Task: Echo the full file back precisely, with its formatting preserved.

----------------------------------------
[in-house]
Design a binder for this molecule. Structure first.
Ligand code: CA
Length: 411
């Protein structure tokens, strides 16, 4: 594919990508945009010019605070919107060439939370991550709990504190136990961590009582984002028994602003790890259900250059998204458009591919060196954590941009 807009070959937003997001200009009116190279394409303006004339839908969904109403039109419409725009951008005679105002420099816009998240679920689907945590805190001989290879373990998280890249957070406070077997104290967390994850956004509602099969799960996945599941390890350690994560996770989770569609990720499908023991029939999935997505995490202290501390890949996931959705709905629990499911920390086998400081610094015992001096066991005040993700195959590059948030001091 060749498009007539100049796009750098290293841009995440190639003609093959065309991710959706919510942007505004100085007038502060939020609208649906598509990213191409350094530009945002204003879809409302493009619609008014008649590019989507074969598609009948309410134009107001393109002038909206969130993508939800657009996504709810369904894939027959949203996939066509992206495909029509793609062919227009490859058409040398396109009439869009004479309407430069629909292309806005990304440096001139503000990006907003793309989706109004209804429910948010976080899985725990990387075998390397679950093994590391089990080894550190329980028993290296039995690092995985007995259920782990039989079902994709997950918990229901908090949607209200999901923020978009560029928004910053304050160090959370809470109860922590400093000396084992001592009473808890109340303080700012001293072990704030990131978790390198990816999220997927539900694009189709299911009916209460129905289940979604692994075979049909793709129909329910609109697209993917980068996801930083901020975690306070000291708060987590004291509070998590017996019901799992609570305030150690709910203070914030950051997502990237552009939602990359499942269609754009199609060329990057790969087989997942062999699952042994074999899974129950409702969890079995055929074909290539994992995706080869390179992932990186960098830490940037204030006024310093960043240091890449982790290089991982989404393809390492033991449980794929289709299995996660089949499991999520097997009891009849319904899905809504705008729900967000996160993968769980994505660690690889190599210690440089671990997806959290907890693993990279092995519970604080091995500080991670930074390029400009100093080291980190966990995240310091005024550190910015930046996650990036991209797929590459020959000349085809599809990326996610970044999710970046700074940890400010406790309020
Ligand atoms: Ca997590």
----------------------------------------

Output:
[in-house]
Design a binder for this molecule. Structure first.
Ligand code: CA
Length: 411
């Protein structure tokens, strides 16, 4: 594919990508945009010019605070919107060439939370991550709990504190136990961590009582984002028994602003790890259900250059998204458009591919060196954590941009 807009070959937003997001200009009116190279394409303006004339839908969904109403039109419409725009951008005679105002420099816009998240679920689907945590805190001989290879373990998280890249957070406070077997104290967390994850956004509602099969799960996945599941390890350690994560996770989770569609990720499908023991029939999935997505995490202290501390890949996931959705709905629990499911920390086998400081610094015992001096066991005040993700195959590059948030001091 060749498009007539100049796009750098290293841009995440190639003609093959065309991710959706919510942007505004100085007038502060939020609208649906598509990213191409350094530009945002204003879809409302493009619609008014008649590019989507074969598609009948309410134009107001393109002038909206969130993508939800657009996504709810369904894939027959949203996939066509992206495909029509793609062919227009490859058409040398396109009439869009004479309407430069629909292309806005990304440096001139503000990006907003793309989706109004209804429910948010976080899985725990990387075998390397679950093994590391089990080894550190329980028993290296039995690092995985007995259920782990039989079902994709997950918990229901908090949607209200999901923020978009560029928004910053304050160090959370809470109860922590400093000396084992001592009473808890109340303080700012001293072990704030990131978790390198990816999220997927539900694009189709299911009916209460129905289940979604692994075979049909793709129909329910609109697209993917980068996801930083901020975690306070000291708060987590004291509070998590017996019901799992609570305030150690709910203070914030950051997502990237552009939602990359499942269609754009199609060329990057790969087989997942062999699952042994074999899974129950409702969890079995055929074909290539994992995706080869390179992932990186960098830490940037204030006024310093960043240091890449982790290089991982989404393809390492033991449980794929289709299995996660089949499991999520097997009891009849319904899905809504705008729900967000996160993968769980994505660690690889190599210690440089671990997806959290907890693993990279092995519970604080091995500080991670930074390029400009100093080291980190966990995240310091005024550190910015930046996650990036991209797929590459020959000349085809599809990326996610970044999710970046700074940890400010406790309020
Ligand atoms: Ca997590």